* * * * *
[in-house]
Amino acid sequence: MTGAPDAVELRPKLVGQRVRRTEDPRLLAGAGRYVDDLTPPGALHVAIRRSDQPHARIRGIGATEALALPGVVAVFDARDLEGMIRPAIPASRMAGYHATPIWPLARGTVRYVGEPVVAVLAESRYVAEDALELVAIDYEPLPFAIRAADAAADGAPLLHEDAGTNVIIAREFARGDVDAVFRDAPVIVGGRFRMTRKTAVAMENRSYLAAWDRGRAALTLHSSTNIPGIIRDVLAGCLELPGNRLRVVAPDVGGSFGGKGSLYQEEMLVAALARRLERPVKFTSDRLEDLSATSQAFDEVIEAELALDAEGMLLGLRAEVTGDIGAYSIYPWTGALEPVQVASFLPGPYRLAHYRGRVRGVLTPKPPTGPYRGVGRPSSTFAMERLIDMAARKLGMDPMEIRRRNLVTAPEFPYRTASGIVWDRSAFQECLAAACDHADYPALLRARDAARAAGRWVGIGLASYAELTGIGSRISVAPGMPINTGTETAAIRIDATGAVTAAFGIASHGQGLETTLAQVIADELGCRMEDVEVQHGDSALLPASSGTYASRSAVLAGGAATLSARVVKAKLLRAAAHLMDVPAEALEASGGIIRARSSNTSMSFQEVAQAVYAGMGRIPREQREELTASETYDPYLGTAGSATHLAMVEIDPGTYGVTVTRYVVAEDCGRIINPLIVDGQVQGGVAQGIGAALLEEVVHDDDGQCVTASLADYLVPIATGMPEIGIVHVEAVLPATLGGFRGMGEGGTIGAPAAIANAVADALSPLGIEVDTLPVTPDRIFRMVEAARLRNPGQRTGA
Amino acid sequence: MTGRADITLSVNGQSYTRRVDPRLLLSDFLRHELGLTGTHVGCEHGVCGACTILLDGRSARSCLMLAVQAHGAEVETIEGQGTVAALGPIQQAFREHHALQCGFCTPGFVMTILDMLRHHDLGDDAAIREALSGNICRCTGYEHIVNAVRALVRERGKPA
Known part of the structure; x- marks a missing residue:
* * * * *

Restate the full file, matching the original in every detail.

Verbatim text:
[in-house]
Amino acid sequence: MTGAPDAVELRPKLVGQRVRRTEDPRLLAGAGRYVDDLTPPGALHVAIRRSDQPHARIRGIGATEALALPGVVAVFDARDLEGMIRPAIPASRMAGYHATPIWPLARGTVRYVGEPVVAVLAESRYVAEDALELVAIDYEPLPFAIRAADAAADGAPLLHEDAGTNVIIAREFARGDVDAVFRDAPVIVGGRFRMTRKTAVAMENRSYLAAWDRGRAALTLHSSTNIPGIIRDVLAGCLELPGNRLRVVAPDVGGSFGGKGSLYQEEMLVAALARRLERPVKFTSDRLEDLSATSQAFDEVIEAELALDAEGMLLGLRAEVTGDIGAYSIYPWTGALEPVQVASFLPGPYRLAHYRGRVRGVLTPKPPTGPYRGVGRPSSTFAMERLIDMAARKLGMDPMEIRRRNLVTAPEFPYRTASGIVWDRSAFQECLAAACDHADYPALLRARDAARAAGRWVGIGLASYAELTGIGSRISVAPGMPINTGTETAAIRIDATGAVTAAFGIASHGQGLETTLAQVIADELGCRMEDVEVQHGDSALLPASSGTYASRSAVLAGGAATLSARVVKAKLLRAAAHLMDVPAEALEASGGIIRARSSNTSMSFQEVAQAVYAGMGRIPREQREELTASETYDPYLGTAGSATHLAMVEIDPGTYGVTVTRYVVAEDCGRIINPLIVDGQVQGGVAQGIGAALLEEVVHDDDGQCVTASLADYLVPIATGMPEIGIVHVEAVLPATLGGFRGMGEGGTIGAPAAIANAVADALSPLGIEVDTLPVTPDRIFRMVEAARLRNPGQRTGA
Amino acid sequence: MTGRADITLSVNGQSYTRRVDPRLLLSDFLRHELGLTGTHVGCEHGVCGACTILLDGRSARSCLMLAVQAHGAEVETIEGQGTVAALGPIQQAFREHHALQCGFCTPGFVMTILDMLRHHDLGDDAAIREALSGNICRCTGYEHIVNAVRALVRERGKPA
Known part of the structure; x- marks a missing residue: